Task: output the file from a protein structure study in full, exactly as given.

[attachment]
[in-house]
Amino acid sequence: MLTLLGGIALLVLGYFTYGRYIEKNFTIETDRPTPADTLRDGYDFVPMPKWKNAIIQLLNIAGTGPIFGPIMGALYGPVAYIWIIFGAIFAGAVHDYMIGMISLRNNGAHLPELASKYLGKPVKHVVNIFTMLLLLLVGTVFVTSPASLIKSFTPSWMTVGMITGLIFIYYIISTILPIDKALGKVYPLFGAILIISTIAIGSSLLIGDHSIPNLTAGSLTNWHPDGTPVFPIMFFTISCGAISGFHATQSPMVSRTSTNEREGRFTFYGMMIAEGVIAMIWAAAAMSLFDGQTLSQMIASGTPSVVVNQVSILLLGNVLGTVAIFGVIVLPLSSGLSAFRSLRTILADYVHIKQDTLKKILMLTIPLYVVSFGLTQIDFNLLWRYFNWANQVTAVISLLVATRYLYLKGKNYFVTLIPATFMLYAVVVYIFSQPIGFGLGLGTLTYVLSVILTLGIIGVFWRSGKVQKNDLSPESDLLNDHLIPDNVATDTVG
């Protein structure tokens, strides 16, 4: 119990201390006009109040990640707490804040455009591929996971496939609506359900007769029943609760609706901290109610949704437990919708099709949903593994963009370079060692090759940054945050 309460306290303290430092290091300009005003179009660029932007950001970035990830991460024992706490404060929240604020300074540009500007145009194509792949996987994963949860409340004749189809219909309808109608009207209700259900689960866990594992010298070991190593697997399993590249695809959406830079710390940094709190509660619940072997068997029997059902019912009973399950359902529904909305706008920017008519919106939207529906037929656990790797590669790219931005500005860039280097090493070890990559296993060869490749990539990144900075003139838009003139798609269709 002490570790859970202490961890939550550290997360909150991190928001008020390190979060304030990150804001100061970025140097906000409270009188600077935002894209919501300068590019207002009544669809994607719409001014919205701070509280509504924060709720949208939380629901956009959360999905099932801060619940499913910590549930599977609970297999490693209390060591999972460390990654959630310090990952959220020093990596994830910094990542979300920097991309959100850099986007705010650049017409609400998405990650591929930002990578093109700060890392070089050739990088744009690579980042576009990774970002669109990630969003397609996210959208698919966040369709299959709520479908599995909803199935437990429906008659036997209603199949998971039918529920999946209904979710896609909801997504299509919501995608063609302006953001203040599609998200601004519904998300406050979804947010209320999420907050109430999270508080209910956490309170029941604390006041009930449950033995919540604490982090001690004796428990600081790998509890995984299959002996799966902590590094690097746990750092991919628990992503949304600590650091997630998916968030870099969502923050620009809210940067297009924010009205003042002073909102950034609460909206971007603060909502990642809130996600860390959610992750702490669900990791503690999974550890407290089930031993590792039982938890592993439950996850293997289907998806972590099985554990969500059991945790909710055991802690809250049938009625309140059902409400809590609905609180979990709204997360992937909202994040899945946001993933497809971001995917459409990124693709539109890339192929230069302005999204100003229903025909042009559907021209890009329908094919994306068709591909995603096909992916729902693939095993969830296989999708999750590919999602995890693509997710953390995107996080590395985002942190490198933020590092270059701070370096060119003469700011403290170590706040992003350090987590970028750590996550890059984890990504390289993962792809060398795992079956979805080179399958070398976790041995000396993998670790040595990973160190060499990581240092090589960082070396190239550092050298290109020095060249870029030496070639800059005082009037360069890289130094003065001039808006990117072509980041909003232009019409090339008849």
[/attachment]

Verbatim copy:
[in-house]
Amino acid sequence: MLTLLGGIALLVLGYFTYGRYIEKNFTIETDRPTPADTLRDGYDFVPMPKWKNAIIQLLNIAGTGPIFGPIMGALYGPVAYIWIIFGAIFAGAVHDYMIGMISLRNNGAHLPELASKYLGKPVKHVVNIFTMLLLLLVGTVFVTSPASLIKSFTPSWMTVGMITGLIFIYYIISTILPIDKALGKVYPLFGAILIISTIAIGSSLLIGDHSIPNLTAGSLTNWHPDGTPVFPIMFFTISCGAISGFHATQSPMVSRTSTNEREGRFTFYGMMIAEGVIAMIWAAAAMSLFDGQTLSQMIASGTPSVVVNQVSILLLGNVLGTVAIFGVIVLPLSSGLSAFRSLRTILADYVHIKQDTLKKILMLTIPLYVVSFGLTQIDFNLLWRYFNWANQVTAVISLLVATRYLYLKGKNYFVTLIPATFMLYAVVVYIFSQPIGFGLGLGTLTYVLSVILTLGIIGVFWRSGKVQKNDLSPESDLLNDHLIPDNVATDTVG
């Protein structure tokens, strides 16, 4: 119990201390006009109040990640707490804040455009591929996971496939609506359900007769029943609760609706901290109610949704437990919708099709949903593994963009370079060692090759940054945050 309460306290303290430092290091300009005003179009660029932007950001970035990830991460024992706490404060929240604020300074540009500007145009194509792949996987994963949860409340004749189809219909309808109608009207209700259900689960866990594992010298070991190593697997399993590249695809959406830079710390940094709190509660619940072997068997029997059902019912009973399950359902529904909305706008920017008519919106939207529906037929656990790797590669790219931005500005860039280097090493070890990559296993060869490749990539990144900075003139838009003139798609269709 002490570790859970202490961890939550550290997360909150991190928001008020390190979060304030990150804001100061970025140097906000409270009188600077935002894209919501300068590019207002009544669809994607719409001014919205701070509280509504924060709720949208939380629901956009959360999905099932801060619940499913910590549930599977609970297999490693209390060591999972460390990654959630310090990952959220020093990596994830910094990542979300920097991309959100850099986007705010650049017409609400998405990650591929930002990578093109700060890392070089050739990088744009690579980042576009990774970002669109990630969003397609996210959208698919966040369709299959709520479908599995909803199935437990429906008659036997209603199949998971039918529920999946209904979710896609909801997504299509919501995608063609302006953001203040599609998200601004519904998300406050979804947010209320999420907050109430999270508080209910956490309170029941604390006041009930449950033995919540604490982090001690004796428990600081790998509890995984299959002996799966902590590094690097746990750092991919628990992503949304600590650091997630998916968030870099969502923050620009809210940067297009924010009205003042002073909102950034609460909206971007603060909502990642809130996600860390959610992750702490669900990791503690999974550890407290089930031993590792039982938890592993439950996850293997289907998806972590099985554990969500059991945790909710055991802690809250049938009625309140059902409400809590609905609180979990709204997360992937909202994040899945946001993933497809971001995917459409990124693709539109890339192929230069302005999204100003229903025909042009559907021209890009329908094919994306068709591909995603096909992916729902693939095993969830296989999708999750590919999602995890693509997710953390995107996080590395985002942190490198933020590092270059701070370096060119003469700011403290170590706040992003350090987590970028750590996550890059984890990504390289993962792809060398795992079956979805080179399958070398976790041995000396993998670790040595990973160190060499990581240092090589960082070396190239550092050298290109020095060249870029030496070639800059005082009037360069890289130094003065001039808006990117072509980041909003232009019409090339008849």